By the beginning of the 1950s, and even more so by the end of the Korean War, the Latin American republics were faced with a clear choice: to opt explicitly for an inward-looking model of development that would reduce their vulnerability to external shocks or to press ahead with export-led growth on the basis of some combination of export intensification and export diversification.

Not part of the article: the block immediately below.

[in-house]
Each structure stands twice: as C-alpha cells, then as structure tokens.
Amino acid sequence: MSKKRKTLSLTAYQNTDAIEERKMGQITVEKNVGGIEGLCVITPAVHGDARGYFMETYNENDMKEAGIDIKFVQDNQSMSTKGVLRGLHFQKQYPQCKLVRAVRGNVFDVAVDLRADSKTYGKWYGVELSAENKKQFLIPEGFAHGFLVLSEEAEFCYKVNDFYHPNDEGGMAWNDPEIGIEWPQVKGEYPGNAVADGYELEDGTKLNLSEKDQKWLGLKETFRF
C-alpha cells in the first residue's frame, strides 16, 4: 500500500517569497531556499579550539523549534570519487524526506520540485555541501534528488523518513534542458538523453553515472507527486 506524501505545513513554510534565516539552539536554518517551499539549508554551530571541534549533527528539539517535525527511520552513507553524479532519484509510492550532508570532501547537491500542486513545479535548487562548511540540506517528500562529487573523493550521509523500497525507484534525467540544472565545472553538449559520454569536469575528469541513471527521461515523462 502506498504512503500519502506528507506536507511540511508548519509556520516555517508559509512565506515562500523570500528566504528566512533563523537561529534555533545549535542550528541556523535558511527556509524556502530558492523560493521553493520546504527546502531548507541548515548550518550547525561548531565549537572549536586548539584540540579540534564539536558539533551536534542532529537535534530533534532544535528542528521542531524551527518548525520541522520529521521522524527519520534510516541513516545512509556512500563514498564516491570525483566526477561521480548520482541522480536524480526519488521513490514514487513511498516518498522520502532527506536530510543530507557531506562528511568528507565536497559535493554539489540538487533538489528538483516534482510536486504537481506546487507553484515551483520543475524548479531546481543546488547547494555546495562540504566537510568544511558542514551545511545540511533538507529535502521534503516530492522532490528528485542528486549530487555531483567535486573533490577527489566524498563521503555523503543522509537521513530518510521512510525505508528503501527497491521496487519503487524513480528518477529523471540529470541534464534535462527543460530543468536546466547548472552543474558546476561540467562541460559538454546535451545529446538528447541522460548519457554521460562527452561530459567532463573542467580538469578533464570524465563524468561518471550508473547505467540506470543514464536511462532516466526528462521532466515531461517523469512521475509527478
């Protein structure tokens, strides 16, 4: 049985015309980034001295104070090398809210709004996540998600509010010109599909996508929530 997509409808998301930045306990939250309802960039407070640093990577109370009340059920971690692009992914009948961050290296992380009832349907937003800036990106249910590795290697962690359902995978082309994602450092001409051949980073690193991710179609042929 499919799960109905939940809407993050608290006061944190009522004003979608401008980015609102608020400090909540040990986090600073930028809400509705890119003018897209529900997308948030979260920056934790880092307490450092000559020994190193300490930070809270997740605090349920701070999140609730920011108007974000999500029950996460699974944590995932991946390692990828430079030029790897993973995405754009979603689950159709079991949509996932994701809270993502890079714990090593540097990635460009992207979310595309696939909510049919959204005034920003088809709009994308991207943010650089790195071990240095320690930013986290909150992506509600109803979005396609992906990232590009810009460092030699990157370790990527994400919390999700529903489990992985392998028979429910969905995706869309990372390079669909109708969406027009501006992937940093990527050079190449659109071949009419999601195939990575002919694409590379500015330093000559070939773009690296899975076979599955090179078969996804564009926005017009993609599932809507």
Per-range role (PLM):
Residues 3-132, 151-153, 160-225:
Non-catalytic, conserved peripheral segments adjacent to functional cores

This choice was not made in a vacuum. Each option favored different groups within society, giving a political twist to most of the economic arguments. At the same time, international and regional institutions pressed hard to influence the outcome. Although the International Monetary Fund (IMF) favored outward-looking policies as a solution to balance-of-payments problems, the Economic Commission for Latin America (CEPAL), under the dynamic leadership of Raúl Prebisch, defended inward-looking policies. With the deterioration in the net barter terms of trade (NBTT) after the Korean War (a key feature in CEPAL's case for inward-looking development), the intellectual pendulum began to swing toward import-substituting industrialization (ISI). Yet many governments were still reluctant to abandon export-led growth altogether, in recognition of the key role still played by the export sector in economic, social, and political terms.